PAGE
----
By David Schout
Ever been blocked from accessing your CBD residence during a public event, without prior notification? Or caught unaware by noisy construction work?
How the City of Melbourne communicates with the public during city disruptions could be changing.
The council has sought the views of CBD residents, workers and business owners about how it can better communicate during times of inconvenience.
In a four-week period throughout May and June, council project workers and consultants sought the views of various affected parties in the first step towards developing “digital solutions to help people navigate city disruption”.
The workshops and interviews that took place had the ultimate aim of “improving how city works are planned and co-ordinated”.
In a workshop attended by CBD News on May 24, respondents were asked to think of various scenarios where they have been inconvenienced during a disruption.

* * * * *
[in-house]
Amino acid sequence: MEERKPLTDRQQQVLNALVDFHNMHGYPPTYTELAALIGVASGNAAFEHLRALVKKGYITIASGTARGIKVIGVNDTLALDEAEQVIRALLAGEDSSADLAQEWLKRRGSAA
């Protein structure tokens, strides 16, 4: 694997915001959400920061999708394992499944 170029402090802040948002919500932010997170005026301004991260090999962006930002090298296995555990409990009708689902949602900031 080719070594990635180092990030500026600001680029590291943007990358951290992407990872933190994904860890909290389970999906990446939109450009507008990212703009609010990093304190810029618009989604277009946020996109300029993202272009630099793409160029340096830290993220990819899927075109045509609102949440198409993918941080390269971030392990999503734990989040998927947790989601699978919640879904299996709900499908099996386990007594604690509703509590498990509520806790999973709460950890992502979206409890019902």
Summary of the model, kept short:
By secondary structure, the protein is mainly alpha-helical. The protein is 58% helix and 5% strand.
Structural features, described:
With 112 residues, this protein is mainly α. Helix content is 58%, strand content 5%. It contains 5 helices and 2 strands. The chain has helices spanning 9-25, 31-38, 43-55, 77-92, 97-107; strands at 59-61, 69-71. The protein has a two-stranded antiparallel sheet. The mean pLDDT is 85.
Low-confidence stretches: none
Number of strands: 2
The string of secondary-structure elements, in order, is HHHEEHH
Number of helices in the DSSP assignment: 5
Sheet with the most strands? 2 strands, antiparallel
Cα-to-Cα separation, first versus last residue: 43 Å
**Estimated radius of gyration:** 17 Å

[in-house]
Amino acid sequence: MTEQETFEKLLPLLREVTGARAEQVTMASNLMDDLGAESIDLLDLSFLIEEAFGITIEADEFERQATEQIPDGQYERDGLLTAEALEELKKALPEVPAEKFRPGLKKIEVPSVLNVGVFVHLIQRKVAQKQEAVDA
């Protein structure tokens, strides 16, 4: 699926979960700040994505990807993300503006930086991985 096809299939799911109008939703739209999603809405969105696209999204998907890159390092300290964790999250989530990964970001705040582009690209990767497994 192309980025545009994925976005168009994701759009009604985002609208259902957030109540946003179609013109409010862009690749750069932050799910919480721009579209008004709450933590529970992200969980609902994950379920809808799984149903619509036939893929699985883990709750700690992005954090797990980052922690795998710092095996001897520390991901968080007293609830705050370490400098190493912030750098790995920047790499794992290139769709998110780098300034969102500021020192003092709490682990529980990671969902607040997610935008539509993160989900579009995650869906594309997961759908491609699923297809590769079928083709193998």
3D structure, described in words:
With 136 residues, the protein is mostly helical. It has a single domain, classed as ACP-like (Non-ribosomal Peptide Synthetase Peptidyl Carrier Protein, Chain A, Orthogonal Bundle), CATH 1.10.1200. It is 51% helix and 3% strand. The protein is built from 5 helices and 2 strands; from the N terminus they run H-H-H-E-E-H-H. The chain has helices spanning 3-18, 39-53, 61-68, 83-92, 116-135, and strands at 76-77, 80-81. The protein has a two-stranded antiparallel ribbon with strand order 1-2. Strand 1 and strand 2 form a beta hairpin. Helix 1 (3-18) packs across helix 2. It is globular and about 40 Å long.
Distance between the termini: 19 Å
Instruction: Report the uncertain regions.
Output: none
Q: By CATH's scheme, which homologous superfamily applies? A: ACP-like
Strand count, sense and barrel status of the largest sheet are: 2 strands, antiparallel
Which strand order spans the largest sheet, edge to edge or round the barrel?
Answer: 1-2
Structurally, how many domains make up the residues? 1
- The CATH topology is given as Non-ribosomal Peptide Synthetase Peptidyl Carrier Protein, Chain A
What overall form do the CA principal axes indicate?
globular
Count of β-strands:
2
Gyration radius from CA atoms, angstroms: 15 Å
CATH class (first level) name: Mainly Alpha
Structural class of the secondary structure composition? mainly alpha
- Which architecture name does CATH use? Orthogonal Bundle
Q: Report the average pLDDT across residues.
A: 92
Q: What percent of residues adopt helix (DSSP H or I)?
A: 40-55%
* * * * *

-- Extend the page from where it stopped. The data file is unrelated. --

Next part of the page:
These included public transport interruptions, roadblocks during public events and unannounced construction work impacting everyday life.
From there, ideas were sought on how the council could better communicate planned disruptions, giving locals and workers the opportunity to plan around the disturbance.
Jenny Eltham, president of CBD residents’ group EastEnders, was one of the workshop attendees and expressed frustration at a lack of prior warning before large CBD events that prevent access to the roads and streets required to enter a residence.
“I think, ‘well why can’t I go to my own home’?” she said. “There are situations when we don’t know it’s happening and we need to go home.”
Another source of irritation centred on continued unannounced construction work.
“One of the things EastEnders has been frustrated with is the absolute random digging up of pavements for a variety of reasons,” Ms Eltham said. “The noise and disruption is ongoing.”
Several attendees expressed a preference for the City of Melbourne website to be the first port of call for updates and ideas on how to navigate disturbances.
Council project workers told attendees the aim of canvassing public opinion was “the first step” in creating an information service or portal that works for everyone, something they acknowledged was a “difficult task”.